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Publication numberUS5053643 A
Publication typeGrant
Application numberUS 07/426,040
Publication dateOct 1, 1991
Filing dateOct 24, 1989
Priority dateOct 27, 1988
Fee statusLapsed
Also published asDE68914583D1, EP0366083A2, EP0366083A3, EP0366083B1
Publication number07426040, 426040, US 5053643 A, US 5053643A, US-A-5053643, US5053643 A, US5053643A
InventorsMasahiro Tanaka, Shinichi Shiotsu
Original AssigneeFujitsu Limited
Export CitationBiBTeX, EndNote, RefMan
External Links: USPTO, USPTO Assignment, Espacenet
Integrated circuit including output circuit having input logic controlled by output logic
US 5053643 A
Abstract
An integrated circuit includes an output circuit, a conducting circuit, a trigger voltage generator and a connecting circuit. The output circuit has an input terminal and an output terminal and sets the output terminal to a high potential corresponding to logic "1" when the potential applied to the input terminal corresponds to logic "0". On the other hand, when the potential applied to the input terminal corresponds to logic "1", the output circuit sets the output terminal to a low potential corresponding to logic "0". The conducting circuit conducts and passes a current from the output terminal when the potential of the output terminal becomes equal to a predetermined potential higher than the high potential. The trigger voltage generator generates a trigger voltage proportional to the current passing through the conducting circuit when it conducts. The connecting circuit sets the potential of the input terminal of the output circuit to the low level corresponding to logic "0" when the trigger voltage is applied to the connecting circuit.
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Claims(16)
What is claimed is:
1. An integrated circuit comprising:
an output means, having an input terminal and an output terminal, to provide a current, for setting said output terminal to a high potential corresponding to logic "1" when the potential applied to said input terminal corresponds to logic "0" and setting said output terminal to a low potential corresponding to logic "0" when the potential applied to said input terminal corresponds to logic "1";
conducting means, coupled to said output terminal of the output means, for conducting the current when the potential of said output terminal becomes equal to a predetermined potential, the predetermined potential being higher than the high potential;
trigger voltage generating means, coupled to said conducting means, for generating a trigger voltage proportional to the current when said conducting means conducts; and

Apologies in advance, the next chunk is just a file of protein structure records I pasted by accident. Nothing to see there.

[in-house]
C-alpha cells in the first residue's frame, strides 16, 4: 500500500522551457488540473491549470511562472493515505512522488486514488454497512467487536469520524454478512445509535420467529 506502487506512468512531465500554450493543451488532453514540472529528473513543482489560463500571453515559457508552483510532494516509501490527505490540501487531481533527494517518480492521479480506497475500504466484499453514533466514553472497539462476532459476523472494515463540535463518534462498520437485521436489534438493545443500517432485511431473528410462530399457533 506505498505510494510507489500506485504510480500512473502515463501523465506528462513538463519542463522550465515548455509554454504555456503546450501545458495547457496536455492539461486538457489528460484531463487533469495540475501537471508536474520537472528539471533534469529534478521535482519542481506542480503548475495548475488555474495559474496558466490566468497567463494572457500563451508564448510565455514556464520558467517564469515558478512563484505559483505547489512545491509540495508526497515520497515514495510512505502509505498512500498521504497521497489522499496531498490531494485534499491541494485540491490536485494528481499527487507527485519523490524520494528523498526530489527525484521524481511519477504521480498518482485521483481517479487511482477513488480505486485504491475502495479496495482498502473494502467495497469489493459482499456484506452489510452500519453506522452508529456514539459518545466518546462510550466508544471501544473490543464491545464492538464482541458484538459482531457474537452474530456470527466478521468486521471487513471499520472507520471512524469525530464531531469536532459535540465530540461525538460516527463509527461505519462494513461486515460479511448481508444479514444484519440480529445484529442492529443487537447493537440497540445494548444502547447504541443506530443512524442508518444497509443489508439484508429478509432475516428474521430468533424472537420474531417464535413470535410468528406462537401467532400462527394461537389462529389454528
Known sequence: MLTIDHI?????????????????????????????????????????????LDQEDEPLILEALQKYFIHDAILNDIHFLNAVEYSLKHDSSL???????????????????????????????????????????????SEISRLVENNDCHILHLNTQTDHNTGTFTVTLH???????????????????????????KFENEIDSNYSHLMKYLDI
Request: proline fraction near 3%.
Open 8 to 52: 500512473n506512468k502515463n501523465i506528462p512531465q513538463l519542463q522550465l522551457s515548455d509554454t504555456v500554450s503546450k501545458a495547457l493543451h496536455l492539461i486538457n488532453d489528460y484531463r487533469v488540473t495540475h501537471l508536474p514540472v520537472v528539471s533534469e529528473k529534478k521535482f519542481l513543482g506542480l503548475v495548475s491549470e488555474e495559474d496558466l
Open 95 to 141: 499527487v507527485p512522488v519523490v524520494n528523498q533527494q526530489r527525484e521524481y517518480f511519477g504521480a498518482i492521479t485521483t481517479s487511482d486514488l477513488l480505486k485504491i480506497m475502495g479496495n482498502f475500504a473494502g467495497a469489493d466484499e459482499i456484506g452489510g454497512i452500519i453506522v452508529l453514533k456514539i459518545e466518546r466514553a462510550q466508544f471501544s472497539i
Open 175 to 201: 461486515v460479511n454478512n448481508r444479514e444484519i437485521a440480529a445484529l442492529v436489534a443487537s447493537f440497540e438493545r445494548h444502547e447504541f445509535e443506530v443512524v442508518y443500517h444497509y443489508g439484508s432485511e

setting means, coupled to said trigger voltage generating means and said output means, for setting the potential of said input terminal of the output means to the low potential corresponding to logic "0" when the trigger voltage is applied to said setting means.
2. An integrated circuit as claimed in claim 1, wherein said setting means includes connecting means for connecting said input terminal of the output means to a power source line of a potential corresponding to logic "0".
3. An integrated circuit as claimed in claim 1, wherein said conducting means includes a transistor having an emitter and the collector mutually connected and a base, and the current passes from said mutually connected emitter and collector to said base.
4. An integrated circuit as claimed in claim 1, wherein said conducting means includes a diode.
5. An integrated circuit as claimed in claim 1, wherein said conducting means includes a series circuit including a transistor and a diode connected in series.
6. An integrated circuit as claimed in claim 1, wherein said trigger voltage generating means includes at least two resistors connected in series, and said trigger voltage is drawn from a node of adjacent resistors of said trigger voltage generating means.
7. An integrated circuit as claimed in claim 1, wherein said trigger voltage generating means includes a first resistor, a diode and a second resistor which are connected in series, and said trigger voltage is drawn from a node of said first resistor and said diode.
8. An integrated circuit as claimed in claim 1, wherein said setting means includes a transistor having a collector connected to said input terminal of said output means, an emitter supplied with said low potential corresponding to logic "0", and a base to which said trigger voltage derived from said trigger voltage generating means is applied.
9. An integrated circuit as claimed in claim 8, wherein said transistor comprises a Schottky transistor.
10. An integrated circuit as claimed in claim 4, wherein said diode comprises a Schottky diode.
11. An integrated circuit as claimed in claim 1, wherein said output means includes drive means for generating a non-inverting signal based on the potential of said input terminal of the output means, and logic means for setting said output terminal to the high potential corresponding to logic "1" when said non-inverting signal corresponds to logic "0" and for setting said output terminal to the low potential corresponding to logic "0" when the non-inverting signal corresponds to logic "1".
12. An integrated circuit as claimed in claim 1, wherein said output terminal of the output means is coupled to a bus.
13. An integrated circuit as claimed in claim 1, wherein said predetermined potential is lower than a resisting voltage of said output means defined when said output terminal is logic "0".